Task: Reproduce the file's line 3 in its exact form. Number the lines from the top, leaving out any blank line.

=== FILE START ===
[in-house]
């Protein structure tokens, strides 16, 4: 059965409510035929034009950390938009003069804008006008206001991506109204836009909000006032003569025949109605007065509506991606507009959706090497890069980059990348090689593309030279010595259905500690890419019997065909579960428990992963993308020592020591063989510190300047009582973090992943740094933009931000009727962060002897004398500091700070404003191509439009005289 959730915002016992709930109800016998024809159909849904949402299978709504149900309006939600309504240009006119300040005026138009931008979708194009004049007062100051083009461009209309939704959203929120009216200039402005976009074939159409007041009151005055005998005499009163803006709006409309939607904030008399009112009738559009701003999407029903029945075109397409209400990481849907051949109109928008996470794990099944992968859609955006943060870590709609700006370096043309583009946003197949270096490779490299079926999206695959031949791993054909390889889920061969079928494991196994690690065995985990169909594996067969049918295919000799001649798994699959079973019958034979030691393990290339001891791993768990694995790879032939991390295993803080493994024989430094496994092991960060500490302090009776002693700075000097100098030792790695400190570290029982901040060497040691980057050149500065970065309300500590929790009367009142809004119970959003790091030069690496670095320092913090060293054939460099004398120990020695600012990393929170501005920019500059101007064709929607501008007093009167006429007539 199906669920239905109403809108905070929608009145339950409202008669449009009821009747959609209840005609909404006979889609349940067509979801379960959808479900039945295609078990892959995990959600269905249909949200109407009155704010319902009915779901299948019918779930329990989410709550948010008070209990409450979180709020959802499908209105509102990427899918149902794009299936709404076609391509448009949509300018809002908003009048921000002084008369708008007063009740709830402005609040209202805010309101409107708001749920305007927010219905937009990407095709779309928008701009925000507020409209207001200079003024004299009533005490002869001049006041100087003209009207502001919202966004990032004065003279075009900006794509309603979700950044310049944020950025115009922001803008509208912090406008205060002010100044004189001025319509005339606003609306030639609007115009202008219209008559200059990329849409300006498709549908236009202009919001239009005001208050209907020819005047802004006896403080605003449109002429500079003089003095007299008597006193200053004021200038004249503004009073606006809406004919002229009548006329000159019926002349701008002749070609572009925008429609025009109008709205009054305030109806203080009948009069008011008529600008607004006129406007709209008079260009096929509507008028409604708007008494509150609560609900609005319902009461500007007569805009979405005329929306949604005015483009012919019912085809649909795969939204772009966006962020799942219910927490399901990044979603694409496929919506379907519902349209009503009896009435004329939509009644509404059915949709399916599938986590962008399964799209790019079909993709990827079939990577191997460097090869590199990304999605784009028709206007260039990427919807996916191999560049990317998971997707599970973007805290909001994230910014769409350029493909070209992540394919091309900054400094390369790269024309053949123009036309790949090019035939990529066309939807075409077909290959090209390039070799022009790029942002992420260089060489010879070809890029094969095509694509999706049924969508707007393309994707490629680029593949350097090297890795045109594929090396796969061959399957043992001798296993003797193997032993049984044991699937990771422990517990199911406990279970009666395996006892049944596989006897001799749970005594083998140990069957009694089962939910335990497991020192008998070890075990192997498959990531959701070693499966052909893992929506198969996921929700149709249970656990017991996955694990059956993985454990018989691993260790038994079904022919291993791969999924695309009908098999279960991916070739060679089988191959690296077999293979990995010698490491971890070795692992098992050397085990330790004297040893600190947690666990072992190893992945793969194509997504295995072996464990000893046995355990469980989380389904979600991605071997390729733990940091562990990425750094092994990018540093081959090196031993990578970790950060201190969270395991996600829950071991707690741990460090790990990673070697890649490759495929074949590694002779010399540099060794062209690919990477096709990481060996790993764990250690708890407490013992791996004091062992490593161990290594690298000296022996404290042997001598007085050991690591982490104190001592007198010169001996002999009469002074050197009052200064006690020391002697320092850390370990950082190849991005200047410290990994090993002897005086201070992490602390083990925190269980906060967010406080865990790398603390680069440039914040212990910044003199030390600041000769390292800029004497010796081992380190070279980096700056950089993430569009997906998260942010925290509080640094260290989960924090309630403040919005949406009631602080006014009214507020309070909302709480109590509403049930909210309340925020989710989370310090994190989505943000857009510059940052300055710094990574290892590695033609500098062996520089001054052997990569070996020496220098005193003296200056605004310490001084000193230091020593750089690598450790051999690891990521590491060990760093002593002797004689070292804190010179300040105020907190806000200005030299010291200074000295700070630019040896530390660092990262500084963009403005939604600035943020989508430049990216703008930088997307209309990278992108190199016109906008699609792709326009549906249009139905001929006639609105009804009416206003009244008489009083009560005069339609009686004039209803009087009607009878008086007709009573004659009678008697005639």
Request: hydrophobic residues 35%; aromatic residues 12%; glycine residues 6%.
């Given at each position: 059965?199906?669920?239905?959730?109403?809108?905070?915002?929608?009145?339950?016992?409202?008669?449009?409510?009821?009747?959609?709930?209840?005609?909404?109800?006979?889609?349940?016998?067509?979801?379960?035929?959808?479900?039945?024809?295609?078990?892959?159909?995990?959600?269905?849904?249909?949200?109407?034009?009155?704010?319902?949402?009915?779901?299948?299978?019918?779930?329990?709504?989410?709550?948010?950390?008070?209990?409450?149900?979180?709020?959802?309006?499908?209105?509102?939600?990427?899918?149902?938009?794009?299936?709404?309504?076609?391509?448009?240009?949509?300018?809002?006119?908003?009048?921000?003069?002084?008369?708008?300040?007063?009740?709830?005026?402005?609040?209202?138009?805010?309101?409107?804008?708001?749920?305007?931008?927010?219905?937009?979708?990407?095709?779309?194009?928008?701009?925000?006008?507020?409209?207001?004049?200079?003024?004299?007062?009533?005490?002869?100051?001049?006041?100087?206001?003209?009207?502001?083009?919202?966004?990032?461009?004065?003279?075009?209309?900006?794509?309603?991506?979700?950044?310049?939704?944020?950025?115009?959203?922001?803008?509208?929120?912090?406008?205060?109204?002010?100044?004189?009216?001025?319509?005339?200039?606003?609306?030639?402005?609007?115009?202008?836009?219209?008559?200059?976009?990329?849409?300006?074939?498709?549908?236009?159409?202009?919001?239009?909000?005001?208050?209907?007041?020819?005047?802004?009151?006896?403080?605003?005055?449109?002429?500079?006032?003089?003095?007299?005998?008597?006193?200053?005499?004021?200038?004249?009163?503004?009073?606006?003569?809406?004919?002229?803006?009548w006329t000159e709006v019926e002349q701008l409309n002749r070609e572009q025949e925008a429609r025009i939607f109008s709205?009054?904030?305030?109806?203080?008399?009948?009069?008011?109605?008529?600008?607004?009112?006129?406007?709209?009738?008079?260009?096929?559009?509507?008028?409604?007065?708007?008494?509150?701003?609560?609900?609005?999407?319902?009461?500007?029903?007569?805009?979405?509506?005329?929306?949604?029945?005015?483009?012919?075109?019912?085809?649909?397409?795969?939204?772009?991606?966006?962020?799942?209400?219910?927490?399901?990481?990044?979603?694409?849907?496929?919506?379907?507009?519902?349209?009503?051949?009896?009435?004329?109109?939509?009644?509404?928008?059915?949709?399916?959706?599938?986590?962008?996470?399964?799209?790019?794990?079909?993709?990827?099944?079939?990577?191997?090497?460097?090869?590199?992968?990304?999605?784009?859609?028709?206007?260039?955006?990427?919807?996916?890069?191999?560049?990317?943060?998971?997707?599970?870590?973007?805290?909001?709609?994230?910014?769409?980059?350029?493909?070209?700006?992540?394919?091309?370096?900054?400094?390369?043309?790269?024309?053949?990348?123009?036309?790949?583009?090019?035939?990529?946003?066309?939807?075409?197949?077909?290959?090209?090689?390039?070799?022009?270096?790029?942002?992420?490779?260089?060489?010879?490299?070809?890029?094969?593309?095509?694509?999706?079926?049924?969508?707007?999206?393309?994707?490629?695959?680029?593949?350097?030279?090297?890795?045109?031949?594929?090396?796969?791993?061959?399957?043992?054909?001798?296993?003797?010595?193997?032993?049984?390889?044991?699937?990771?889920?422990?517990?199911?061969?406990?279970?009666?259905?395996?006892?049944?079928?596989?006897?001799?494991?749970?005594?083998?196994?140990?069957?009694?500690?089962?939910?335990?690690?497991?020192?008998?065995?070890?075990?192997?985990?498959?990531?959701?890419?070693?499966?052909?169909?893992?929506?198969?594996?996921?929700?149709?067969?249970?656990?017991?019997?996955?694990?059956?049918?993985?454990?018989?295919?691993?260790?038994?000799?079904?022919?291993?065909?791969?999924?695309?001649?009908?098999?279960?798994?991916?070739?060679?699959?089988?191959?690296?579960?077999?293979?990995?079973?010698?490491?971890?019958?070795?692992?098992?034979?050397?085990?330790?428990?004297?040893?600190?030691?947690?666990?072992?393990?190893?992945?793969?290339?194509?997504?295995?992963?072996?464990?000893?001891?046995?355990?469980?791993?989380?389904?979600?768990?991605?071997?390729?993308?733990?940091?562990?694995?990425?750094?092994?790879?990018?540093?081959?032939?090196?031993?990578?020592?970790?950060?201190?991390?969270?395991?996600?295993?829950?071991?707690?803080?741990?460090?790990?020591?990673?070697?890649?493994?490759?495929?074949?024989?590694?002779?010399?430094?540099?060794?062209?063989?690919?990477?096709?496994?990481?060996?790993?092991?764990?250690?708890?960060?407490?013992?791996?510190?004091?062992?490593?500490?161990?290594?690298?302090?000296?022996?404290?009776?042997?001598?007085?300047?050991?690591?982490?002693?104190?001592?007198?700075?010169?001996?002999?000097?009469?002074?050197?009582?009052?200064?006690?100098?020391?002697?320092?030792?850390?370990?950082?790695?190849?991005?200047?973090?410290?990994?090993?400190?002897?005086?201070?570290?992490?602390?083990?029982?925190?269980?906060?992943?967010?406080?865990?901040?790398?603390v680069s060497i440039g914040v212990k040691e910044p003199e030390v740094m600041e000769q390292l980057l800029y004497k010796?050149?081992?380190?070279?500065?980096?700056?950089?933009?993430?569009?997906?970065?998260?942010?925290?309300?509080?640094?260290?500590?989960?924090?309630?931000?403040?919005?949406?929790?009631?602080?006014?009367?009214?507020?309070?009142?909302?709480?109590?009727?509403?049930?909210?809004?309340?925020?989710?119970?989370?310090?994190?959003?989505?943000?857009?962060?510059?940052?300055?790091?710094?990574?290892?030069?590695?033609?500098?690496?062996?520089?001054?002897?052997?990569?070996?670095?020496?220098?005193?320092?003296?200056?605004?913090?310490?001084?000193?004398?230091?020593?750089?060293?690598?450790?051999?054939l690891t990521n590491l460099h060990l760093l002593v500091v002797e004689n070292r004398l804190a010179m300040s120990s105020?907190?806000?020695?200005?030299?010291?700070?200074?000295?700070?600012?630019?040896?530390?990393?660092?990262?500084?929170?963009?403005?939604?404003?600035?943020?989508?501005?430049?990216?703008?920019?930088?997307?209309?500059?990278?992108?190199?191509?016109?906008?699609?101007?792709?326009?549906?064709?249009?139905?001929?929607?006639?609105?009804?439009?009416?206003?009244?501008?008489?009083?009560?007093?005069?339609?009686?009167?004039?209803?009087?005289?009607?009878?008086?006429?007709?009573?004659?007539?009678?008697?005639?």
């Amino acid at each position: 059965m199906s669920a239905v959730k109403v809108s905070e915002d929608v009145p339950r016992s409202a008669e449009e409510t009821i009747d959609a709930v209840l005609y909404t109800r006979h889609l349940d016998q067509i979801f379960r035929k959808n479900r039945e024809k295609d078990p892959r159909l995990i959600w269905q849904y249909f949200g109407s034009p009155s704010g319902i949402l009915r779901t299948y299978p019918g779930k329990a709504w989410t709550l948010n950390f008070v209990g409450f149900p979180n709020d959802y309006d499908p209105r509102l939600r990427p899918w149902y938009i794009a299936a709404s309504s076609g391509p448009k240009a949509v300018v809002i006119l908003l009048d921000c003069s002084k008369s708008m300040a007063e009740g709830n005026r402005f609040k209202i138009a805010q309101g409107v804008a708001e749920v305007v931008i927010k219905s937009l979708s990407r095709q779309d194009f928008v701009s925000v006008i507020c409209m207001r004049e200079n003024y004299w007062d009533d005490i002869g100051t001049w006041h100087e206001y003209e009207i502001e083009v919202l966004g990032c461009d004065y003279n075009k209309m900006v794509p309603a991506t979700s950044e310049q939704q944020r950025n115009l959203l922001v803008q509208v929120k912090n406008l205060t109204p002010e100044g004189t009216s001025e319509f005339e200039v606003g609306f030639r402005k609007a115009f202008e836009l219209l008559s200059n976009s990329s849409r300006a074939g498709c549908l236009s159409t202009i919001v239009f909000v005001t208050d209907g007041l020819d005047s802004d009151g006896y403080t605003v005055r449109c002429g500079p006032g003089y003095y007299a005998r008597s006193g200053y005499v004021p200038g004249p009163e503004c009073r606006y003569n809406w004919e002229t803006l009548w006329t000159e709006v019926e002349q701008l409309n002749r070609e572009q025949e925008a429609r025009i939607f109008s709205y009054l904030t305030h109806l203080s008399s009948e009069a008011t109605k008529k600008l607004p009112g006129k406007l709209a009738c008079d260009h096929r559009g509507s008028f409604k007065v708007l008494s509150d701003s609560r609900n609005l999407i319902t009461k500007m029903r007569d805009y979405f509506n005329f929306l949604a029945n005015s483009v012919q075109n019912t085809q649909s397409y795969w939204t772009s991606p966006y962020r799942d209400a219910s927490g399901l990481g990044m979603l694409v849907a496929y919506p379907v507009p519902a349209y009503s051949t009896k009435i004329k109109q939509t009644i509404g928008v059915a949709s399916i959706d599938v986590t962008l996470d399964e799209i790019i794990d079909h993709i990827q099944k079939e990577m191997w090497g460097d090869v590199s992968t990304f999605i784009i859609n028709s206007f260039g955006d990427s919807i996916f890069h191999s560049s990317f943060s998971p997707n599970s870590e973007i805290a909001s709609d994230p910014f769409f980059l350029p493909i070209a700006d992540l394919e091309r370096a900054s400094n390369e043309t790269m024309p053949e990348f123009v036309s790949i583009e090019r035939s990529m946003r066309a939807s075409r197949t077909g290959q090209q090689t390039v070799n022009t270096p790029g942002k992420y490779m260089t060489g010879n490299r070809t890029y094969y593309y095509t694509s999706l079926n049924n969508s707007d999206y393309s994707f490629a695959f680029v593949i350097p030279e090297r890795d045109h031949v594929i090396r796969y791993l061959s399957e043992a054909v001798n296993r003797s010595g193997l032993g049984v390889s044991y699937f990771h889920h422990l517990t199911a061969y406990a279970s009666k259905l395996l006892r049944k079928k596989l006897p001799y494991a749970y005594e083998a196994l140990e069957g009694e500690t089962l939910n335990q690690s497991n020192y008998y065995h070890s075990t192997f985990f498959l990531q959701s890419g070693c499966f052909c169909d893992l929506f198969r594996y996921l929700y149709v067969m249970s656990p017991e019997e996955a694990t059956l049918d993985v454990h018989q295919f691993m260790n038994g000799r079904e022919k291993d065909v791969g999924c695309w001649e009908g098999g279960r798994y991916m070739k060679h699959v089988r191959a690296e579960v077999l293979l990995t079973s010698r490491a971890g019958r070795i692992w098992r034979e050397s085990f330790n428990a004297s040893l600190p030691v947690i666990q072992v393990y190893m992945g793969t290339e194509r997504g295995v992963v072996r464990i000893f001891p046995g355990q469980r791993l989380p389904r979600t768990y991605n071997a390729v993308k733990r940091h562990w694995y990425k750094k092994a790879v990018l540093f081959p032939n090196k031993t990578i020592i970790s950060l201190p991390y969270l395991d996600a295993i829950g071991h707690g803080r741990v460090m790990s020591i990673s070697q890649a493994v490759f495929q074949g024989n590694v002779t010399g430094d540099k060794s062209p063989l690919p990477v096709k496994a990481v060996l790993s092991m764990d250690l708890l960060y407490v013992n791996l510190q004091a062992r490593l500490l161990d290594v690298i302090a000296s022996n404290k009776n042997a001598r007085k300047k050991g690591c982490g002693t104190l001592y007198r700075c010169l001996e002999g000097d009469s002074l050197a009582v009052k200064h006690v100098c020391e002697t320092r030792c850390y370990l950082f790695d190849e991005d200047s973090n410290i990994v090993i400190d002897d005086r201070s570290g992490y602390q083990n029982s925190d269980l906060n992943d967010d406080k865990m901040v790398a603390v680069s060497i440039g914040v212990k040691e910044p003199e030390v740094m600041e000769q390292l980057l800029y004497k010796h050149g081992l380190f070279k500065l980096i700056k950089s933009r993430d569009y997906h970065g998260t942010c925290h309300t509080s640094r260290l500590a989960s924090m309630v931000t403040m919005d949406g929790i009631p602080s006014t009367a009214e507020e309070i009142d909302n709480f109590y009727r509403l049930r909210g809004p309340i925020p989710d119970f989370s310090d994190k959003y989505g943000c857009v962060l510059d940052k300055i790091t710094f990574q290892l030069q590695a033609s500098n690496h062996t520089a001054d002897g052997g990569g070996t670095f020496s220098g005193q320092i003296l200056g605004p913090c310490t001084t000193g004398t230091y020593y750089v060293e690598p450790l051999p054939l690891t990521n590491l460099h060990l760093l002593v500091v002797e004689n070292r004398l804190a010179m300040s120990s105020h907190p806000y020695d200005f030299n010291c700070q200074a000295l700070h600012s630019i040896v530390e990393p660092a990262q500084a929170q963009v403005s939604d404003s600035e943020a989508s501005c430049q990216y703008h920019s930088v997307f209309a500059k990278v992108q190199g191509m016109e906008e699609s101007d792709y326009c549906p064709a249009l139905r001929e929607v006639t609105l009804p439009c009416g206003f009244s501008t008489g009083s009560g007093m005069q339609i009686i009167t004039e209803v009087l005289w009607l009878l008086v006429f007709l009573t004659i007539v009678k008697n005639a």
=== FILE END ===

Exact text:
Request: hydrophobic residues 35%; aromatic residues 12%; glycine residues 6%.